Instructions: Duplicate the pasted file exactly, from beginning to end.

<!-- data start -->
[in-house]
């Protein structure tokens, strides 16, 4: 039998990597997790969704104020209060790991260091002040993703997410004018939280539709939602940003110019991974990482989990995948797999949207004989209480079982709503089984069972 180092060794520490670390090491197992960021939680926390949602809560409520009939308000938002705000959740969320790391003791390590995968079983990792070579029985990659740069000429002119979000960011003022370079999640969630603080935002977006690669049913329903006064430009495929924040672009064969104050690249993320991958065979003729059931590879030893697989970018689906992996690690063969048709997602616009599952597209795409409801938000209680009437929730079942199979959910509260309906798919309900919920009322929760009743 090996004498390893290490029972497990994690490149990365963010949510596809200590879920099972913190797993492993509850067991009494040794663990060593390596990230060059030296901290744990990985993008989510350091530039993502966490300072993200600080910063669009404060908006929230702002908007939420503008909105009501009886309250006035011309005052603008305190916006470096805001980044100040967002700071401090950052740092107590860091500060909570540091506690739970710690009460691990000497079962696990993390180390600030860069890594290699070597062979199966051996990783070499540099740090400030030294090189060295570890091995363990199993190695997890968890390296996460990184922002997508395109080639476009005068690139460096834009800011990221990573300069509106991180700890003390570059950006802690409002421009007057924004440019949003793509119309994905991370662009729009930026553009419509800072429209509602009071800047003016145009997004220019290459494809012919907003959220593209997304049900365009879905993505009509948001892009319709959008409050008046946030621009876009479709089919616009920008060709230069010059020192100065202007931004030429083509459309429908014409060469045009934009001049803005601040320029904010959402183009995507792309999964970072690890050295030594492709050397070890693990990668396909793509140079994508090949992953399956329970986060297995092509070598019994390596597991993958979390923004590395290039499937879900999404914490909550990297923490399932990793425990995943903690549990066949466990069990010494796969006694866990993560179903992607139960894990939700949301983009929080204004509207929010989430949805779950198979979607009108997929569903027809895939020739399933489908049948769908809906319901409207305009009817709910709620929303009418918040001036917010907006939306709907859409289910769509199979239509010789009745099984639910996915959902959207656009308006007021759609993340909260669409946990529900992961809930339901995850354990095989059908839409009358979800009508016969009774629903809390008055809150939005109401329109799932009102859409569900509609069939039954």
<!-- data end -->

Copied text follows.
[in-house]
């Protein structure tokens, strides 16, 4: 039998990597997790969704104020209060790991260091002040993703997410004018939280539709939602940003110019991974990482989990995948797999949207004989209480079982709503089984069972 180092060794520490670390090491197992960021939680926390949602809560409520009939308000938002705000959740969320790391003791390590995968079983990792070579029985990659740069000429002119979000960011003022370079999640969630603080935002977006690669049913329903006064430009495929924040672009064969104050690249993320991958065979003729059931590879030893697989970018689906992996690690063969048709997602616009599952597209795409409801938000209680009437929730079942199979959910509260309906798919309900919920009322929760009743 090996004498390893290490029972497990994690490149990365963010949510596809200590879920099972913190797993492993509850067991009494040794663990060593390596990230060059030296901290744990990985993008989510350091530039993502966490300072993200600080910063669009404060908006929230702002908007939420503008909105009501009886309250006035011309005052603008305190916006470096805001980044100040967002700071401090950052740092107590860091500060909570540091506690739970710690009460691990000497079962696990993390180390600030860069890594290699070597062979199966051996990783070499540099740090400030030294090189060295570890091995363990199993190695997890968890390296996460990184922002997508395109080639476009005068690139460096834009800011990221990573300069509106991180700890003390570059950006802690409002421009007057924004440019949003793509119309994905991370662009729009930026553009419509800072429209509602009071800047003016145009997004220019290459494809012919907003959220593209997304049900365009879905993505009509948001892009319709959008409050008046946030621009876009479709089919616009920008060709230069010059020192100065202007931004030429083509459309429908014409060469045009934009001049803005601040320029904010959402183009995507792309999964970072690890050295030594492709050397070890693990990668396909793509140079994508090949992953399956329970986060297995092509070598019994390596597991993958979390923004590395290039499937879900999404914490909550990297923490399932990793425990995943903690549990066949466990069990010494796969006694866990993560179903992607139960894990939700949301983009929080204004509207929010989430949805779950198979979607009108997929569903027809895939020739399933489908049948769908809906319901409207305009009817709910709620929303009418918040001036917010907006939306709907859409289910769509199979239509010789009745099984639910996915959902959207656009308006007021759609993340909260669409946990529900992961809930339901995850354990095989059908839409009358979800009508016969009774629903809390008055809150939005109401329109799932009102859409569900509609069939039954």